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Town strives to preserve ag heritage

INGLIS, Man. — Hundreds of small towns in Western Canada have a Main Steet and a Railway Ave.

But Railway Avnue in Inglis, Man. looks nothing like Railway Avenues in most prairie towns.

On the east side of Inglis, five wooden elevators stand adjacent to Railway Ave., which look out of place but special in a community of only 250 people.

The elevators haven’t been used since 1995 when the last train car was loaded with grain, but the buildings have been a national historic site for the last 20 years.

The Inglis Elevators, as they are known, represent an era of Canadian history when grain elevators were a common sight on the prairie horizon.

Inglis is one of a handful of communities that still has an elevator row and the only one to have five.

Marjorie McNeill grew up in a farming community in Alberta that had a row of five elevators.

“(But) I went back to my home town and all the elevators were gone. They just (had) a little plaque with an elevator and it was very, very sad,” she said.

McNeill sits on a local board responsible for preserving and promoting the Inglis elevators, which include a Paterson elevator, two Reliance, a Northern and a United Grain Growers elevator.

McNeill lives across the street from them but never gets tired of looking at the five “Prairie giants.”

“It’s just remembering your childhood and what it was like growing up on the farm and what a great life it was,” she said.

Four of the grain elevators in Inglis, Man., are almost a century old and are a national historic site.  |  Inglis Area Heritage Committee photo

Four of the grain elevators in Inglis, Man., are almost a century old and are a national historic site. | Inglis Area Heritage Committee photo

The structures, four of which were built in the early 1920s and the newest one in the 1940s, appear small compared to modern grain terminals but are particularly impressive inside.

The elevators haven’t changed much from the 1920s. Inglis was at the end of the line and the elevators were always under threat of closure, so the companies invested little in upgrades.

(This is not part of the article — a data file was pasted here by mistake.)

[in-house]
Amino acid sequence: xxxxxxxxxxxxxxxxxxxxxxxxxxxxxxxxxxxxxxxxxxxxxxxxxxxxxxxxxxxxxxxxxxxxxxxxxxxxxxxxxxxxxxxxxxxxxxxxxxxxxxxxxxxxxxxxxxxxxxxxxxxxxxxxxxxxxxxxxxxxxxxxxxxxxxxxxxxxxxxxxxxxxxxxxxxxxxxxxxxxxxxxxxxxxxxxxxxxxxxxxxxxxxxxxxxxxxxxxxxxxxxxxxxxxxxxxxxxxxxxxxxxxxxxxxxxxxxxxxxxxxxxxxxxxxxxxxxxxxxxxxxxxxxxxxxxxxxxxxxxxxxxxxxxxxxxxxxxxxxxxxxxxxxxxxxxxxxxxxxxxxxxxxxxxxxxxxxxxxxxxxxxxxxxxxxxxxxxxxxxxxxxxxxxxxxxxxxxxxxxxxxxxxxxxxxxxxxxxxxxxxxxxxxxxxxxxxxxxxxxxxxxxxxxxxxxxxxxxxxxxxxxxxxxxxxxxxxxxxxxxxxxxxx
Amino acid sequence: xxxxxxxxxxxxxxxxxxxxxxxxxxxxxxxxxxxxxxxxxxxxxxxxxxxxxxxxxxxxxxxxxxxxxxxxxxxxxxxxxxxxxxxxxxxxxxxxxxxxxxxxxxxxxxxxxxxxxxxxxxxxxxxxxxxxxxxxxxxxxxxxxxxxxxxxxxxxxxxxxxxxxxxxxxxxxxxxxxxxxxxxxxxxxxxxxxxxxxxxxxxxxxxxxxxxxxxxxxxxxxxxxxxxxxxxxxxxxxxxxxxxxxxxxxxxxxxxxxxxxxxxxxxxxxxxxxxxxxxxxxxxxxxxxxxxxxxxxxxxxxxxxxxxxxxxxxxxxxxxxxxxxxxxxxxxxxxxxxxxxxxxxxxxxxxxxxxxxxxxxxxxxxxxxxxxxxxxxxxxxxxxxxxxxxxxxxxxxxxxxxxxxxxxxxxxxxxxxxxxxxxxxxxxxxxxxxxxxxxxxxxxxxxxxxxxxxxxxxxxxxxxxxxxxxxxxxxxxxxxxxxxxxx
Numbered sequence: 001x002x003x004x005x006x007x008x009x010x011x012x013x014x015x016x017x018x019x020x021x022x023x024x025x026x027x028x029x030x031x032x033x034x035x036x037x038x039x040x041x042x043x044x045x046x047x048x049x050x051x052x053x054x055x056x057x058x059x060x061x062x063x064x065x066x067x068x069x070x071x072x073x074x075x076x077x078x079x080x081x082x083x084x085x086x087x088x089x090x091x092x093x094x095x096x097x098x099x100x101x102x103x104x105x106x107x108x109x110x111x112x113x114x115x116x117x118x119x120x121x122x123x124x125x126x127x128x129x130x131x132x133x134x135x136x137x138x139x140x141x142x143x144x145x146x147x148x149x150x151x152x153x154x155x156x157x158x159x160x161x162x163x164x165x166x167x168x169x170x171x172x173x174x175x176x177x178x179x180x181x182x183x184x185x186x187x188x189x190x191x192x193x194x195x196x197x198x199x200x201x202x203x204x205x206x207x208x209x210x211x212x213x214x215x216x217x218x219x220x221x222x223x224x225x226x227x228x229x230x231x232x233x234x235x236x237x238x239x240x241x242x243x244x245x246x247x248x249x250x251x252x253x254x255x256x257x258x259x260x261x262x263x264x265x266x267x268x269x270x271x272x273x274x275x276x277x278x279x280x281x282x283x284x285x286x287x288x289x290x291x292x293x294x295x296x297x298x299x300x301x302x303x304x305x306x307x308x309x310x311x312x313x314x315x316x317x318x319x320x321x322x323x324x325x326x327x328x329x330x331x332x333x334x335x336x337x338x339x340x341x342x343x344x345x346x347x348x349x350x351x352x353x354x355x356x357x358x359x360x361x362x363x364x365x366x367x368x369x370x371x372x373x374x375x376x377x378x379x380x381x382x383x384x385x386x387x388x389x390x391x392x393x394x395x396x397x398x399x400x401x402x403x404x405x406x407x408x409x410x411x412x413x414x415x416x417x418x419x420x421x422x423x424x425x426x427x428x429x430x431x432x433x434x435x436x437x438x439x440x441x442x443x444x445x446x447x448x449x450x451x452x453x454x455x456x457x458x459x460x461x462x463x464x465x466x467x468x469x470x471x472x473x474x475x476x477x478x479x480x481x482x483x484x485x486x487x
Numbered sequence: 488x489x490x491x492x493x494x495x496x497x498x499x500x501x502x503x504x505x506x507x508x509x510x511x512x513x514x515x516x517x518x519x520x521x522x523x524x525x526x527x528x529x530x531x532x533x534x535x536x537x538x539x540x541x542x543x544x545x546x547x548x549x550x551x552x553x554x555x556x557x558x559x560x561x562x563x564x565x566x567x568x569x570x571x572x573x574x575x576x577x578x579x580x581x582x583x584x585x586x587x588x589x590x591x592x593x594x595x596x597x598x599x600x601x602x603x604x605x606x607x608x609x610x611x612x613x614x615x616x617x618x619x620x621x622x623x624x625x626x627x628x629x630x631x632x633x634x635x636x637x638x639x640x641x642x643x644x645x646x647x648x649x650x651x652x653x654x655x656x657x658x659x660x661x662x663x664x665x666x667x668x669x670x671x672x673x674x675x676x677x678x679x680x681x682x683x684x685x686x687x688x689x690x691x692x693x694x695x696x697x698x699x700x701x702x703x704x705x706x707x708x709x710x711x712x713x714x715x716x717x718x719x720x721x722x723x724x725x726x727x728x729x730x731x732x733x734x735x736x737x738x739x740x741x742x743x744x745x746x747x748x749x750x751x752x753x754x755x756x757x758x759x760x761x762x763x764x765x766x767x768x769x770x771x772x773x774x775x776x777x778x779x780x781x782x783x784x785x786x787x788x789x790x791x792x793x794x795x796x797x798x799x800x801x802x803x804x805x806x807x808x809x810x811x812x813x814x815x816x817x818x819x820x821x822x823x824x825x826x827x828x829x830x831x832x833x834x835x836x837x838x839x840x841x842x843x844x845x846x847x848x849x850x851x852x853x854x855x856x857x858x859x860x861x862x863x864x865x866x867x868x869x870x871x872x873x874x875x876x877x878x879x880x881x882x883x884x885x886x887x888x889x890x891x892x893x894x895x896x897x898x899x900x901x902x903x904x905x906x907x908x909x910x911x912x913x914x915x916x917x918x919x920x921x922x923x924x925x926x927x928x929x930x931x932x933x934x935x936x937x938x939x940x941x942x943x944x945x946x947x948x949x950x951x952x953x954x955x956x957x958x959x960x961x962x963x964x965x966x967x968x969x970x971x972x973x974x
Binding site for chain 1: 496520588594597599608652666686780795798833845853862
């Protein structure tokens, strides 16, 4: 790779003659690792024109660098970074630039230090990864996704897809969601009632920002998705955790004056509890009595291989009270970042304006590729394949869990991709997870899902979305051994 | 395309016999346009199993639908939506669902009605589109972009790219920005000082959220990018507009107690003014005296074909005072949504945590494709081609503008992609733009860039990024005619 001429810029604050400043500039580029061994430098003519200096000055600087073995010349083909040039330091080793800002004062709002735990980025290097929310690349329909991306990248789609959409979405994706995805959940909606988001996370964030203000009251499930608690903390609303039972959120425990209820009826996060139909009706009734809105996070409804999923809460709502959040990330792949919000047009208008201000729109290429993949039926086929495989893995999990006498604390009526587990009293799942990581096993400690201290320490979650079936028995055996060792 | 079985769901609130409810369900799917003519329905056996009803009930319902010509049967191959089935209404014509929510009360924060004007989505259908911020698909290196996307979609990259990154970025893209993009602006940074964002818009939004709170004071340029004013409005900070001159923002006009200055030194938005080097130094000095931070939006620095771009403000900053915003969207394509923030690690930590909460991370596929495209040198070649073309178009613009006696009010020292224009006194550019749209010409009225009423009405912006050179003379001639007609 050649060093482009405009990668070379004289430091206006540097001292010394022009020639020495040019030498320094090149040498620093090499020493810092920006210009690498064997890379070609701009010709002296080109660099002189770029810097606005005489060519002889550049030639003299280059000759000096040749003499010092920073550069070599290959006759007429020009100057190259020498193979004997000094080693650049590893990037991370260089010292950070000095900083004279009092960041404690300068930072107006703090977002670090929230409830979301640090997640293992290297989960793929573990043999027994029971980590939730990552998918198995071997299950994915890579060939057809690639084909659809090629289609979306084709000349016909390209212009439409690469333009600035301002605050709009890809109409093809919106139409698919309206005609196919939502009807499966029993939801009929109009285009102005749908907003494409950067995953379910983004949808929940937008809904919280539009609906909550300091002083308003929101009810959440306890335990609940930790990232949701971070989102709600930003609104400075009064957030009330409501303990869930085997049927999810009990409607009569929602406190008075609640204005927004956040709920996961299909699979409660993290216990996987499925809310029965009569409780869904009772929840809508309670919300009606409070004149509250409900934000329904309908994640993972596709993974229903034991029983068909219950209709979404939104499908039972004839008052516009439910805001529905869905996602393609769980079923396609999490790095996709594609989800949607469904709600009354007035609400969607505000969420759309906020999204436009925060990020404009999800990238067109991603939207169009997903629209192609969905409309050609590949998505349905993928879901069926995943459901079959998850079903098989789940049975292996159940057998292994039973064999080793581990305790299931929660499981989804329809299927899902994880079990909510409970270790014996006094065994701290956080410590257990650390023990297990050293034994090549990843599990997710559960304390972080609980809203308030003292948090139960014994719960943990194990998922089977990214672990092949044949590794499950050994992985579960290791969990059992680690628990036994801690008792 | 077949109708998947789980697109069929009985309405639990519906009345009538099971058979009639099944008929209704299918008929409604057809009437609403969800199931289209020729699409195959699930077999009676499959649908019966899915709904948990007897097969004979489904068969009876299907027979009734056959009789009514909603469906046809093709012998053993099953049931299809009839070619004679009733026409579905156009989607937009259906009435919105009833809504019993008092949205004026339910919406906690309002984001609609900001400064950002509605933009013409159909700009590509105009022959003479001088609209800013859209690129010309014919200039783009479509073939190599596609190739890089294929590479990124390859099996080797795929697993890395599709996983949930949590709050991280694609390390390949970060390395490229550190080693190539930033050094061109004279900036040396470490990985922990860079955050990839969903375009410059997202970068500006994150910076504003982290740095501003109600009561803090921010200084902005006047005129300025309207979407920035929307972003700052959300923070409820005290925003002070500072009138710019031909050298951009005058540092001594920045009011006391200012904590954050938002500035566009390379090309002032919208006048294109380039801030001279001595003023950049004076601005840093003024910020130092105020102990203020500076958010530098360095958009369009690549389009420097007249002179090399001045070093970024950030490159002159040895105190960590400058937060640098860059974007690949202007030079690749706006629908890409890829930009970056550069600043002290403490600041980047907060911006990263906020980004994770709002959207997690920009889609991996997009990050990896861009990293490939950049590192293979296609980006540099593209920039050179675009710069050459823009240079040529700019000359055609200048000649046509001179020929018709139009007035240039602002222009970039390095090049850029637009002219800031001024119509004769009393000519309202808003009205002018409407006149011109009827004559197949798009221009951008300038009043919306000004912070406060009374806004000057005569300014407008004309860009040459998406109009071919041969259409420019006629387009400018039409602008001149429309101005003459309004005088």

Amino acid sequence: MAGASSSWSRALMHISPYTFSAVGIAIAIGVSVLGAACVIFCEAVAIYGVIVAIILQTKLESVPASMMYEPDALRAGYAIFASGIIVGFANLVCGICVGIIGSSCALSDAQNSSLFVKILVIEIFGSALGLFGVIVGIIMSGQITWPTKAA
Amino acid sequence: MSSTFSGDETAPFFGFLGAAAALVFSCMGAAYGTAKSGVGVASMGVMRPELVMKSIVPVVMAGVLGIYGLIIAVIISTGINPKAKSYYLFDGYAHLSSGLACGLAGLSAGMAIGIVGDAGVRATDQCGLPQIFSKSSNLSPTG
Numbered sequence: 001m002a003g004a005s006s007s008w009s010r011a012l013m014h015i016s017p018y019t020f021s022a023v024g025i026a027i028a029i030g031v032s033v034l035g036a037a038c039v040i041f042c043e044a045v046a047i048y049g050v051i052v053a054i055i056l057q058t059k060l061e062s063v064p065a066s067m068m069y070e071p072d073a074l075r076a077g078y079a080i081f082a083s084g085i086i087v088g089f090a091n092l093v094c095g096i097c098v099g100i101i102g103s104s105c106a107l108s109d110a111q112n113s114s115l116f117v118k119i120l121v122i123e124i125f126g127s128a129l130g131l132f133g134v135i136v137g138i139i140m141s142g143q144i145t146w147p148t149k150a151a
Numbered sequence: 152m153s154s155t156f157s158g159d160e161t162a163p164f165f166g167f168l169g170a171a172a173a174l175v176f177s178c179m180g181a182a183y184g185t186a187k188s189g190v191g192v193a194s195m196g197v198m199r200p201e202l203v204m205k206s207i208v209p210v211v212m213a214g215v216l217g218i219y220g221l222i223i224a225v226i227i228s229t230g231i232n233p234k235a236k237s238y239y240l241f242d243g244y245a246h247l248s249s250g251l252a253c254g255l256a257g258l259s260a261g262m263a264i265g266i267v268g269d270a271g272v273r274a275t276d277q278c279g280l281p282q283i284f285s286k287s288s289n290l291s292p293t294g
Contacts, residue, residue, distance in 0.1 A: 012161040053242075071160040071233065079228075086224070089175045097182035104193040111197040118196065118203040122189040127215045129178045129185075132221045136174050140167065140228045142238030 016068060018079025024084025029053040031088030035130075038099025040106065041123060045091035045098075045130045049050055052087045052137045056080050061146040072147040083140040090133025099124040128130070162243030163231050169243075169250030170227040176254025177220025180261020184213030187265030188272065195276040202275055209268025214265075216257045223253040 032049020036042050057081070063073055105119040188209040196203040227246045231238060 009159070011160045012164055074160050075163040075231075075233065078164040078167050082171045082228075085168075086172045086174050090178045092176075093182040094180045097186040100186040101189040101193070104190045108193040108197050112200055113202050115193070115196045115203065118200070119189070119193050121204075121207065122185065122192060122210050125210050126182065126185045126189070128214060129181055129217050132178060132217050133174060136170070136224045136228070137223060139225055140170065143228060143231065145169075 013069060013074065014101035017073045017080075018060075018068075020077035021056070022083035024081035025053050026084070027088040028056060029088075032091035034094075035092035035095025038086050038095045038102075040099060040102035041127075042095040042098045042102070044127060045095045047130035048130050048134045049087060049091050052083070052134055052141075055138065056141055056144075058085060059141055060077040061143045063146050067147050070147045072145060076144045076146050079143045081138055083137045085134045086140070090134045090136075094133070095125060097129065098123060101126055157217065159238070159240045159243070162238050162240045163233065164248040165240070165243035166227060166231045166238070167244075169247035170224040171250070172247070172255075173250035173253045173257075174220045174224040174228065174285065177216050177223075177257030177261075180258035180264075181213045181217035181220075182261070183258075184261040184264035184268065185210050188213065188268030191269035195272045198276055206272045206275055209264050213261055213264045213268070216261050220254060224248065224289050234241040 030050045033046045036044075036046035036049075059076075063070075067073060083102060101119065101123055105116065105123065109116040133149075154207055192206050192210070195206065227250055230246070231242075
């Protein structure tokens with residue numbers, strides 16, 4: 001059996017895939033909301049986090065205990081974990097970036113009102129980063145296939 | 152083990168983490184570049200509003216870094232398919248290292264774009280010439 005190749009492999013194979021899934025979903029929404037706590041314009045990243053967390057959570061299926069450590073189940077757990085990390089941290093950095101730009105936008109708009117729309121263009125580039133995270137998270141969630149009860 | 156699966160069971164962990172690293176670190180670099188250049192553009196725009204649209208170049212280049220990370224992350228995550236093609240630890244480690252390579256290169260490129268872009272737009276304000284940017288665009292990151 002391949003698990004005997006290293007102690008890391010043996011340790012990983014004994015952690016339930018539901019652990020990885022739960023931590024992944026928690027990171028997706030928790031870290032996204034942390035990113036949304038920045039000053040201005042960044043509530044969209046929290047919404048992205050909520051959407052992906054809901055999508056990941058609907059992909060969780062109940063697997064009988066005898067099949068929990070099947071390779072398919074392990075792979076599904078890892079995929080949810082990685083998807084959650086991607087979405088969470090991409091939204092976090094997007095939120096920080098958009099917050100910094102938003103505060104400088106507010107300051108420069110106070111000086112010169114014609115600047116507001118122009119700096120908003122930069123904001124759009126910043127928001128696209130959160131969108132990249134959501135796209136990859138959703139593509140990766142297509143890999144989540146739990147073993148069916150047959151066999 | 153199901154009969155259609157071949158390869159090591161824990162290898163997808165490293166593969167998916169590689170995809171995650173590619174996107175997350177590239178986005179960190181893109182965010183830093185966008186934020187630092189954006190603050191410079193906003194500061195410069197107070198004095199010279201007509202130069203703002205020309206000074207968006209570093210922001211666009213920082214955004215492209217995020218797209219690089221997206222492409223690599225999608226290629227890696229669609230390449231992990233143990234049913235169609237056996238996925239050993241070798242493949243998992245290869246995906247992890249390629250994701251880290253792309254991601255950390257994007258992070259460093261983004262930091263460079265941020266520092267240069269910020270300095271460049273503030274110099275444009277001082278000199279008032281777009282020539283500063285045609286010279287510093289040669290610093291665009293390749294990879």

Besides wooden beams, elevator equipment that once moved grain to the bins and the distinct smell of old wood, the buildings are loaded with artifacts from an era when farmers delivered grain to the elevator with a horse and cart.

There are scales for weighing grain, antique equipment for measuring dockage and an old moisture tester that looks like something from a mad scientists’ lab.

One of the finest buildings at the site is the office for the Reliance elevators. The ceiling and walls are clad with tin that’s embossed with a maple leaf. The desk, telephone and clipboards hanging from the walls have an original feel and the office looks like something out of the 1920s or 1930s.

The Paterson elevator features a roomy annex, with more than enough room to host events. It has been used for concerts and workshops but the board hopes to book more cultural events in the space.

“We’re trying to diversify, diversify and diversify. Have a few different things that will draw people in,” McNeill said, noting they plan to build a wall in the annex to display art. “In creating this gallery wall, we hope to partner with arts groups…. to host events or do workshops.”

The board wants to encourage more use because the Inglis elevators do not attract a large number of visitors, despite their status a national historic site. Inglis’s location, 25 kilometres from the Yellowhead Highway in eastern Manitoba, likely deters visitors.

As few as 300 visited a few years ago. Last year, more than 700 people visited Inglis to see the elevators but heritage board members want to push that number higher.

Preserving the structures for future generations is another key goal for the board.

“Our five-year plan is literally painting one elevator per year,” said Judy Bauereiss, board chair.

The board members are volunteers and raising funds for the elevators is nearly a full-time job. They estimate it will require $62,000 annually for five years to complete basic maintenance.

Paterson Foods donated $15,000 to paint its former elevator and the Thomas Sill Foundation has committed $7,500, but more donations are needed.

Many communities across the Prairies struggle to maintain facilities like curling rinks, but Baurereiss hopes the agricultural community recognizes the importance and value of the Inglis elevators.

“The machinery companies and chemical companies are building on the heritage of these elevators and thousands like them (in Western Canada),” she said. “Without the grain industry and the elevators, none of the other (developments in the ag sector) would have happened.”

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